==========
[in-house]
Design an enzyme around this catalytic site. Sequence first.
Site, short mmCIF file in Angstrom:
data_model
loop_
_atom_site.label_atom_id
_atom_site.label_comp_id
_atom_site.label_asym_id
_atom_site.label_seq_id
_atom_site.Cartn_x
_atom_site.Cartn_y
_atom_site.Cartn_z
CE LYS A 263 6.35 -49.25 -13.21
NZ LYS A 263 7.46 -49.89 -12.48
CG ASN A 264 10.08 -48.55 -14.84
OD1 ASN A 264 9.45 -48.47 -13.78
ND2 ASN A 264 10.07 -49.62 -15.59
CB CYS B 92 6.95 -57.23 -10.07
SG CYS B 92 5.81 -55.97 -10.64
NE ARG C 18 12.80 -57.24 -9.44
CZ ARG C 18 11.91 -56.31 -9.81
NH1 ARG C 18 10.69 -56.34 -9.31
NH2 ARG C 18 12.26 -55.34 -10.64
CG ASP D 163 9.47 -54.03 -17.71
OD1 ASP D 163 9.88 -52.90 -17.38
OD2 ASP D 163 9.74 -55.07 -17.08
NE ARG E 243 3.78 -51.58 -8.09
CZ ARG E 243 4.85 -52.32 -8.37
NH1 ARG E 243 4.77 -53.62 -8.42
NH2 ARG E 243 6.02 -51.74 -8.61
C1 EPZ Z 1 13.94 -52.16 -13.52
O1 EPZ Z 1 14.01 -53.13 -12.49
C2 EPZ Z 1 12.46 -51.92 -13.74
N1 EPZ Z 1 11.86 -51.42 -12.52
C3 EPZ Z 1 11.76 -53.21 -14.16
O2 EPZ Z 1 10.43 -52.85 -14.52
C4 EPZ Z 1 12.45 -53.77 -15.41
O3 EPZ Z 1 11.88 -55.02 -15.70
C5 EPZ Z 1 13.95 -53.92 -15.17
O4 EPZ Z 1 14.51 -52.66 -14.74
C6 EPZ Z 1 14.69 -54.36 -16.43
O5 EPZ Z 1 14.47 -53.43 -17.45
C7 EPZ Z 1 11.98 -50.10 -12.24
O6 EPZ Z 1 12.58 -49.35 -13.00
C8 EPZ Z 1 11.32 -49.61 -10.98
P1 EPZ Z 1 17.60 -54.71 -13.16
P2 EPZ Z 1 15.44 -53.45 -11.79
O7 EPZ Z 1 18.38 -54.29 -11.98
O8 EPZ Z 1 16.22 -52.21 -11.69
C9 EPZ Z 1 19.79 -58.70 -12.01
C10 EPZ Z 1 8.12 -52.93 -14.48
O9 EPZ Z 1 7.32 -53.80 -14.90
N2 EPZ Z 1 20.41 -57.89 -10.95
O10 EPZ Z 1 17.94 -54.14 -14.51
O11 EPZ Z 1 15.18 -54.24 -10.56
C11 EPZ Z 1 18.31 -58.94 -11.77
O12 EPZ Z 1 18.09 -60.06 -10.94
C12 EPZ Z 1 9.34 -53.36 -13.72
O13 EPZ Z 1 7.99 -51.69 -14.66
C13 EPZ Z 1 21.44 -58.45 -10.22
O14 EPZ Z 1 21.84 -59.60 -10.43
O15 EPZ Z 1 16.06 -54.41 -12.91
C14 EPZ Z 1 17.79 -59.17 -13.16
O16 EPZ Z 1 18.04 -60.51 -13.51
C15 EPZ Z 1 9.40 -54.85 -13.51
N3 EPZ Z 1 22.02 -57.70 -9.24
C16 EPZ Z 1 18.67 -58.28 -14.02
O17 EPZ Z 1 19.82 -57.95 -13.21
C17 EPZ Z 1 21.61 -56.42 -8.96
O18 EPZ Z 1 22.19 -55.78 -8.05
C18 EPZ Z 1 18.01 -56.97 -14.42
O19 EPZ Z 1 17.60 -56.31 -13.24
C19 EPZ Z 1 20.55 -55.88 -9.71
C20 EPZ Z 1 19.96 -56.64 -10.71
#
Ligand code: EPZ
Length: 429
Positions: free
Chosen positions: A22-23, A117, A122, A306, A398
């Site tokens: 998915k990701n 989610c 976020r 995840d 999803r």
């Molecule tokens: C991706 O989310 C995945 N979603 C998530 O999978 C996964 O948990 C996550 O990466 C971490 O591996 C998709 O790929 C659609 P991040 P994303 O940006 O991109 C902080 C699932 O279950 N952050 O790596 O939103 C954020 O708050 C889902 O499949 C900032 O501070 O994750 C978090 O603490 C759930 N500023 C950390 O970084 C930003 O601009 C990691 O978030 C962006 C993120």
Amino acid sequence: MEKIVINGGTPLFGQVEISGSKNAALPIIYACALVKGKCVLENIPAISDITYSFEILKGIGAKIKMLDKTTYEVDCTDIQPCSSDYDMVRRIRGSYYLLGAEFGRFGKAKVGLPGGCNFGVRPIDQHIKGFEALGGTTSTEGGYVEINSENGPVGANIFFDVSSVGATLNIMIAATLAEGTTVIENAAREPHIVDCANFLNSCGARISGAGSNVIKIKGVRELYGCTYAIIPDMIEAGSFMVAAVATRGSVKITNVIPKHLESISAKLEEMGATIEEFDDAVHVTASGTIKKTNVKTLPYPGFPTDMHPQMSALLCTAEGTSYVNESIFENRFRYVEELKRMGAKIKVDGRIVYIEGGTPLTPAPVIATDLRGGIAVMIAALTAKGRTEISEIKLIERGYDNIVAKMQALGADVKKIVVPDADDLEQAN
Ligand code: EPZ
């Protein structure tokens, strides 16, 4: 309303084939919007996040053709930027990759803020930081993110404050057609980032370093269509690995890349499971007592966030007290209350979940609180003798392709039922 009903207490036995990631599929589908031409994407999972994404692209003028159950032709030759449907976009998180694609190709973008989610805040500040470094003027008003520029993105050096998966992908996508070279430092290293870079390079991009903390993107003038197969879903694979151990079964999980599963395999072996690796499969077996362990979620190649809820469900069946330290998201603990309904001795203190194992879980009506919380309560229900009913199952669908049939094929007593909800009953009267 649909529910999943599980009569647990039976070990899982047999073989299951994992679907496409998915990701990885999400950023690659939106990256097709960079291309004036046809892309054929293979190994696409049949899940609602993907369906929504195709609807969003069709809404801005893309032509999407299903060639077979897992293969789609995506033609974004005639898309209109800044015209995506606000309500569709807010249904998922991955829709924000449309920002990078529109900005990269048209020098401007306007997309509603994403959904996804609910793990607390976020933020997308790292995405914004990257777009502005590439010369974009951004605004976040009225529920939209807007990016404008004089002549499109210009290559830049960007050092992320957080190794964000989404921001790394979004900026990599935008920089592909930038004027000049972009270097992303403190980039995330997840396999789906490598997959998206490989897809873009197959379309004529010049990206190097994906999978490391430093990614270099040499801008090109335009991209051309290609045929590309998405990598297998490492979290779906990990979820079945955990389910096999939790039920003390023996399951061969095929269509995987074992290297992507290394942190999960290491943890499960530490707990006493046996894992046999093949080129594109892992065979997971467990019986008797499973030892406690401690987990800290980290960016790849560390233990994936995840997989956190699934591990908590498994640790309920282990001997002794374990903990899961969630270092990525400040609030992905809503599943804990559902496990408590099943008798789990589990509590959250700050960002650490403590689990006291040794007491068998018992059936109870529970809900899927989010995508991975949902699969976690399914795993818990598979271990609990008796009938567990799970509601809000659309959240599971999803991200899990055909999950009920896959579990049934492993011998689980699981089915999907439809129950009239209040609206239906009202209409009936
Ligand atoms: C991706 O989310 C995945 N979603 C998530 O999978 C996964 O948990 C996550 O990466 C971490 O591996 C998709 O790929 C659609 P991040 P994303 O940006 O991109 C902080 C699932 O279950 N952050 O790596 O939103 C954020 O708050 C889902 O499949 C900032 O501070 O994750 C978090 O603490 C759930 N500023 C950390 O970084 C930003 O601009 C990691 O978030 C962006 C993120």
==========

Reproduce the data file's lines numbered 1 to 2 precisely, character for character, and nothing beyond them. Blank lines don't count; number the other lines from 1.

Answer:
[in-house]
Design an enzyme around this catalytic site. Sequence first.